Ancient Coins, Archaeological Artifacts Seized from Treasure Hunters Make It to History Museum in Bulgaria’s Provadiya
A total of 26 ancient and medieval coins and a number of archaeological artifacts have been donated by Bulgaria’s National Revenue Agency to the Museum of History in the town of Provadiya in Northeast Bulgaria.
The coins and antiques in question have been confiscated from treasure hunters by the Bulgarian courts of law, and had ended up in possession of the National Revenue Agency, the press service of the agency has announced.
It points out that the Provadiya Museum of History already has a rich collection of ancient coins.
These include a bronze coin of Lysimachus (r. 306-281 BC), one of Alexander I the Great’s generals, and one of his diadochi (successors) who became King of Macedon, Thrace, and Asia Minor, and a bronze coin from the Ancient Thracian and Greek (and Roman) city of Odessos (today’s Black Sea city of Varna) from the 3rd-2nd century BC.
Other interesting coins that can be seen in the Museum of History in Bulgaria’s Provadiya include a silver coin and a copper coin of the Ancient Roman city of Marcianopolis (today’s Devnya in Northeast Bulgaria) from the reign of Emperor Septimius Severus (r. 193-211 AD).
In addition to the 26 ancient coins whose dating and origin have not been specified, Bulgaria’s Revenue Agency has also donated to the Provadiya Museum a number of other archaeological artifacts.
These include a prehistoric copper awl, fragments from bronze fibulas used for the buttoning of clothes in the 3rd-4th century AD, and medieval glass bracelets.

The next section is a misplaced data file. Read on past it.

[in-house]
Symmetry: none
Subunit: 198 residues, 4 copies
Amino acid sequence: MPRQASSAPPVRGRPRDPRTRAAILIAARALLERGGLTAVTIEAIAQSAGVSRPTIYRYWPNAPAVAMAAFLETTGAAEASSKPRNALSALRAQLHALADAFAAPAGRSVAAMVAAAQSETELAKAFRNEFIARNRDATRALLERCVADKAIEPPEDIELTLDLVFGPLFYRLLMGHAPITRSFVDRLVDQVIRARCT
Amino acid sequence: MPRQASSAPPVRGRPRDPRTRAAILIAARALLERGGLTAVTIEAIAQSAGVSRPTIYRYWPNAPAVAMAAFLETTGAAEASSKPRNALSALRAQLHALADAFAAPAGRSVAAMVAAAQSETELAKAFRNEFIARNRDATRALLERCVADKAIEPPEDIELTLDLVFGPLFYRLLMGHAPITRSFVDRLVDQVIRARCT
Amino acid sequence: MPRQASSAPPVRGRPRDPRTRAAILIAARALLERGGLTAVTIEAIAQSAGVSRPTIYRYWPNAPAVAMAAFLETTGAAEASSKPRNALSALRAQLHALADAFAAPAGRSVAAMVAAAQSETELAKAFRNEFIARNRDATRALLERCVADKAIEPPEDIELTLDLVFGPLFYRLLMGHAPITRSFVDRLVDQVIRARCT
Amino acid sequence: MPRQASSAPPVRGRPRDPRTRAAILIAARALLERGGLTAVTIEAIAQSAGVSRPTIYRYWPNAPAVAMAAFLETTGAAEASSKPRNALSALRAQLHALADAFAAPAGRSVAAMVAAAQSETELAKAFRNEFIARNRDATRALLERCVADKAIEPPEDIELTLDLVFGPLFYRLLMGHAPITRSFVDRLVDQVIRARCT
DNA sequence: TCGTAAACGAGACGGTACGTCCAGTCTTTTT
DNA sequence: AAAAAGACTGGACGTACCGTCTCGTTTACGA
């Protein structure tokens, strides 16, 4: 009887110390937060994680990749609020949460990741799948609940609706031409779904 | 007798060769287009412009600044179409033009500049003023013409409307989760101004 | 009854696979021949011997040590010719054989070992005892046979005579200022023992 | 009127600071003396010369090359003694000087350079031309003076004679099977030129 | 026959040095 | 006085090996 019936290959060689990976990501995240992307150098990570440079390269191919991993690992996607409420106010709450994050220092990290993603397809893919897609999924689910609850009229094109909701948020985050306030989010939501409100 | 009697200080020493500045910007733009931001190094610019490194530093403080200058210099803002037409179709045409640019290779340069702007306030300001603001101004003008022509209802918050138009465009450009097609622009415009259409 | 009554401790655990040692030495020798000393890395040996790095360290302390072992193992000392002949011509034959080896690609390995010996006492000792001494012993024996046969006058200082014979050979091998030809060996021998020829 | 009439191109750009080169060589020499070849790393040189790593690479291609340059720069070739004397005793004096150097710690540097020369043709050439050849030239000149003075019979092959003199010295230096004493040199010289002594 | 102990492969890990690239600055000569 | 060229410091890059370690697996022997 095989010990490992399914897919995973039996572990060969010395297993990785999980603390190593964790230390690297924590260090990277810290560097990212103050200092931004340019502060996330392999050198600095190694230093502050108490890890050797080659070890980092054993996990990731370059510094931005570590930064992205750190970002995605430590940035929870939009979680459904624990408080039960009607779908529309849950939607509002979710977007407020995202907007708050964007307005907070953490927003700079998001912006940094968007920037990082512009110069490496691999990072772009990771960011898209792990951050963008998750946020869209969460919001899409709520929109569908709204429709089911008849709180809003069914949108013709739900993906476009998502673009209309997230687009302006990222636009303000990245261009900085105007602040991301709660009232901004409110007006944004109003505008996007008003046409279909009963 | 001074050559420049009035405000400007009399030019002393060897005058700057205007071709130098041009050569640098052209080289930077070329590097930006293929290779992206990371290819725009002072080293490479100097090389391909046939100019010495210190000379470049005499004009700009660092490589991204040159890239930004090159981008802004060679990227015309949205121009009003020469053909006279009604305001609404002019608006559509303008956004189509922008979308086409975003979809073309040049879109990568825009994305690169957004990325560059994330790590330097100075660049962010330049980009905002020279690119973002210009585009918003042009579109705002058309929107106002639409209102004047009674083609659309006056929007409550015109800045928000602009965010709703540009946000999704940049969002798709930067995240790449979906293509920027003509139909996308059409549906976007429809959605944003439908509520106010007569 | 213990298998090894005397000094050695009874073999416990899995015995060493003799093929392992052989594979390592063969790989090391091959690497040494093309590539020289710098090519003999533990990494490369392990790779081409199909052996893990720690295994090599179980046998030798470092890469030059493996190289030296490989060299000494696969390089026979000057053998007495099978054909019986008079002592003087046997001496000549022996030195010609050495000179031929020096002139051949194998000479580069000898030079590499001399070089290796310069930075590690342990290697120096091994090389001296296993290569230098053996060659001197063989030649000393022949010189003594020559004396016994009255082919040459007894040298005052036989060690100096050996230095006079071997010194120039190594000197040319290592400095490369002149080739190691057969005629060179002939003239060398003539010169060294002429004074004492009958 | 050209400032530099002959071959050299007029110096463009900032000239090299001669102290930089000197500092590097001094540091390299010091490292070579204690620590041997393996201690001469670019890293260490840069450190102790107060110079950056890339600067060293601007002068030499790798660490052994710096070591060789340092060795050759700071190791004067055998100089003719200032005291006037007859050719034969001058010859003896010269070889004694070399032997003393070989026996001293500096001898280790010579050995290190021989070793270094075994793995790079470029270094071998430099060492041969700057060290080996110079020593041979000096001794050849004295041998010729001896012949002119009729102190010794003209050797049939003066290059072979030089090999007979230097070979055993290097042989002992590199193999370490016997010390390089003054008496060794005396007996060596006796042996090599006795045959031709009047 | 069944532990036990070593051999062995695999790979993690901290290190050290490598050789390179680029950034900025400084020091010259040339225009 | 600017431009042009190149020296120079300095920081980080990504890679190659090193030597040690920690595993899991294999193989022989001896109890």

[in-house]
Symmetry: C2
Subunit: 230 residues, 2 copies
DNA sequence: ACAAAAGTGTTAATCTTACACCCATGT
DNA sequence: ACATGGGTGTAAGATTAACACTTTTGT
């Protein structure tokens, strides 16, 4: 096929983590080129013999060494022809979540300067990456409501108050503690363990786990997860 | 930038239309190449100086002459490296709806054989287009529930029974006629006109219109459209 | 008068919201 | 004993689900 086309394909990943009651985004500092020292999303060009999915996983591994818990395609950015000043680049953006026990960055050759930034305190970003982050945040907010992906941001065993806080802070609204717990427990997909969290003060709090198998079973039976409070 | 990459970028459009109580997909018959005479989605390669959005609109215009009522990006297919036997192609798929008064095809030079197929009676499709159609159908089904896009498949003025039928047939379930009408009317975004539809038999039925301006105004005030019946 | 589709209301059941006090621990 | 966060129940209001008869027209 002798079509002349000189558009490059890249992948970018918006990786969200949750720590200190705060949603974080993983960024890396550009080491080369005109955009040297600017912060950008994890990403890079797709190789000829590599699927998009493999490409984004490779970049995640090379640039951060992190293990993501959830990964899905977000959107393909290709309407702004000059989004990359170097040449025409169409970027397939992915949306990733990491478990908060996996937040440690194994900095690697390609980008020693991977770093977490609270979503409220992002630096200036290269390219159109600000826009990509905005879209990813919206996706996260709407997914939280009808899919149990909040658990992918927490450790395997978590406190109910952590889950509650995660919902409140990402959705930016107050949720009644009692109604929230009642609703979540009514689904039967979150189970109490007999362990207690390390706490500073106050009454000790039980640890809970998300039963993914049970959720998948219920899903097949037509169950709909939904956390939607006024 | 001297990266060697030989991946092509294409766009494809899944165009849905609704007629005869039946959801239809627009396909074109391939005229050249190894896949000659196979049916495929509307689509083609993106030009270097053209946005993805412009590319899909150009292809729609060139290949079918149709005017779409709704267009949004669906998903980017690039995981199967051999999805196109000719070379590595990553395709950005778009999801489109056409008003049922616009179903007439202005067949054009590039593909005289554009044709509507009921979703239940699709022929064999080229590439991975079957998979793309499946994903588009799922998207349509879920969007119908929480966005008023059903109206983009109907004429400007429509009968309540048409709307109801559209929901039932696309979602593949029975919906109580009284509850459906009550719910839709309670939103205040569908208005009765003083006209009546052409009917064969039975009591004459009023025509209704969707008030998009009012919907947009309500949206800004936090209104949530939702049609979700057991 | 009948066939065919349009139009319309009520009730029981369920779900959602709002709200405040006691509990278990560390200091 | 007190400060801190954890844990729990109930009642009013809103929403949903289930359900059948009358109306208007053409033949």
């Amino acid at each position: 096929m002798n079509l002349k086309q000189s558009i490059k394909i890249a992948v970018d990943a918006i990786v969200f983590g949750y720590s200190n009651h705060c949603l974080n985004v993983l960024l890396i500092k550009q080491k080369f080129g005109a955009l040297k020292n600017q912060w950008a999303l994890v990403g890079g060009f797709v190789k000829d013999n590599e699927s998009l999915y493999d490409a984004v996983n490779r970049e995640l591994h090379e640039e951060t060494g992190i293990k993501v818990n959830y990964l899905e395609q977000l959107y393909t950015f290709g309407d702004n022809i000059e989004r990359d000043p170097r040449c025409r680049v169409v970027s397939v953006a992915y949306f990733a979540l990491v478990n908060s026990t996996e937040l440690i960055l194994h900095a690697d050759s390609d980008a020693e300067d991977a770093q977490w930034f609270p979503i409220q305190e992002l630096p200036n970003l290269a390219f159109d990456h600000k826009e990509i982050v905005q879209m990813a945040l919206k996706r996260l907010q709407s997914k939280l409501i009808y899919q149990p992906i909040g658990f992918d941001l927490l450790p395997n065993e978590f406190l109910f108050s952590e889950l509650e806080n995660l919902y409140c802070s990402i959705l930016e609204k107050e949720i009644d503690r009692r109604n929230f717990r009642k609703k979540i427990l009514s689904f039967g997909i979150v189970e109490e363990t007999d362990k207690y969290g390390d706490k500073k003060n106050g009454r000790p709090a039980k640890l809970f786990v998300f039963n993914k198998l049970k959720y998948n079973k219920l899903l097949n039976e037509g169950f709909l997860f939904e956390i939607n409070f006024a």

The Provadiya Museum of History already has similar antiques such as copper pendants and rings from the Late Middle Ages.
Bulgaria’s Revenue Agency reminds that over the past few years it has donated archaeological artifacts seized from treasure hunters to the National Museum of History in Sofia, and a number of other museums.
It has not explained why specifically it picked the Provadiya Museum of History for its latest donation.
In addition to its medieval Bulgarian fortress, the northeastern town of Provadiya is especially known for the Solnitsata (i.e. “The Salt Pit”) prehistoric settlement, which has been dubbed “Europe’s oldest prehistoric town”.
During its 2015 summer archaeological excavations of the Salt Pit settlement in Provadiya, the team of archaeologist Prof. Vasil Nikolov from National Institute and Museum of Archaeology of the Bulgarian Academy of Sciences has discovered a 6,300-year-old gold jewel.
This find seems to rival the Varna Gold Treasure from the Varna Charlocolithic Necropolis for the title of the world ‘s oldest gold, and appears to have been the product of the same Chalcolithic (Aeneolithic, Copper Age) civilization.
Read more about the recent archaeological discoveries in the Solnitsata (i.e. “The Salt Pit”) prehistoric settlement in Bulgaria’s Provadiya:
Treasure hunting and illegal trafficking of antiques have been rampant in Bulgaria after the collapse of the communism regime in 1989 (and allegedly before that). Estimates vary but some consider this the second most profitable activity for the Bulgarian mafia after drug trafficking. One recent estimate suggests its annual turnover amounts to BGN 500 million (app. EUR 260 million), and estimates of the number of those involved range from about 5 000 to 200 000 – 300 000, the vast majority of whom are impoverished low-level diggers.